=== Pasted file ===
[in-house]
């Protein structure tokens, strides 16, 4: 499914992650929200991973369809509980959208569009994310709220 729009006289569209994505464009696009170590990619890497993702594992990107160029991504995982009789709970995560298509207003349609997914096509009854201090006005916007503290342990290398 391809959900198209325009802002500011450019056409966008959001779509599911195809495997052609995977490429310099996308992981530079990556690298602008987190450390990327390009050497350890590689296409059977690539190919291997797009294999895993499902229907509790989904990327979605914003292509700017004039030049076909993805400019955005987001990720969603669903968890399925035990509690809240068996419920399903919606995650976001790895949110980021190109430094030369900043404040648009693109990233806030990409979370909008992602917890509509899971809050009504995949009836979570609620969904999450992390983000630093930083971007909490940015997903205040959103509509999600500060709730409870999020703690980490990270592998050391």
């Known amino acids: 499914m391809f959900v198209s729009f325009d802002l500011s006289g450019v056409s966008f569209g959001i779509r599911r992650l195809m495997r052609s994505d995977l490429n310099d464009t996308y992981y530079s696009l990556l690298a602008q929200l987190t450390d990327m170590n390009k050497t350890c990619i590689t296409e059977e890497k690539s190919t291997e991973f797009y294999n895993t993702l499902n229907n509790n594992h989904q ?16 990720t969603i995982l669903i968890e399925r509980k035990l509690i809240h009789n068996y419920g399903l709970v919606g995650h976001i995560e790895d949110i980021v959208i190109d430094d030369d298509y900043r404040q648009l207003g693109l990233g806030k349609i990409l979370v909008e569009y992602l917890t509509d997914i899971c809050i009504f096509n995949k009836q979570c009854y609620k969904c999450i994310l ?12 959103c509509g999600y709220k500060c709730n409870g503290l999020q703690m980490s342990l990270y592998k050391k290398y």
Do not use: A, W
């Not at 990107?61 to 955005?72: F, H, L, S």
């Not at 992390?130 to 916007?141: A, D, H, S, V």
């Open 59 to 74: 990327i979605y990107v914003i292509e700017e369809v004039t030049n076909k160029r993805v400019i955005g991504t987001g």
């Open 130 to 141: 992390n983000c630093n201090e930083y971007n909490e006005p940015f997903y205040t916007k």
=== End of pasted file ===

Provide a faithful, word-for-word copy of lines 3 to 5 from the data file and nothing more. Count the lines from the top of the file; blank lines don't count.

């Known amino acids: 499914m391809f959900v198209s729009f325009d802002l500011s006289g450019v056409s966008f569209g959001i779509r599911r992650l195809m495997r052609s994505d995977l490429n310099d464009t996308y992981y530079s696009l990556l690298a602008q929200l987190t450390d990327m170590n390009k050497t350890c990619i590689t296409e059977e890497k690539s190919t291997e991973f797009y294999n895993t993702l499902n229907n509790n594992h989904q ?16 990720t969603i995982l669903i968890e399925r509980k035990l509690i809240h009789n068996y419920g399903l709970v919606g995650h976001i995560e790895d949110i980021v959208i190109d430094d030369d298509y900043r404040q648009l207003g693109l990233g806030k349609i990409l979370v909008e569009y992602l917890t509509d997914i899971c809050i009504f096509n995949k009836q979570c009854y609620k969904c999450i994310l ?12 959103c509509g999600y709220k500060c709730n409870g503290l999020q703690m980490s342990l990270y592998k050391k290398y």
Do not use: A, W
């Not at 990107?61 to 955005?72: F, H, L, S």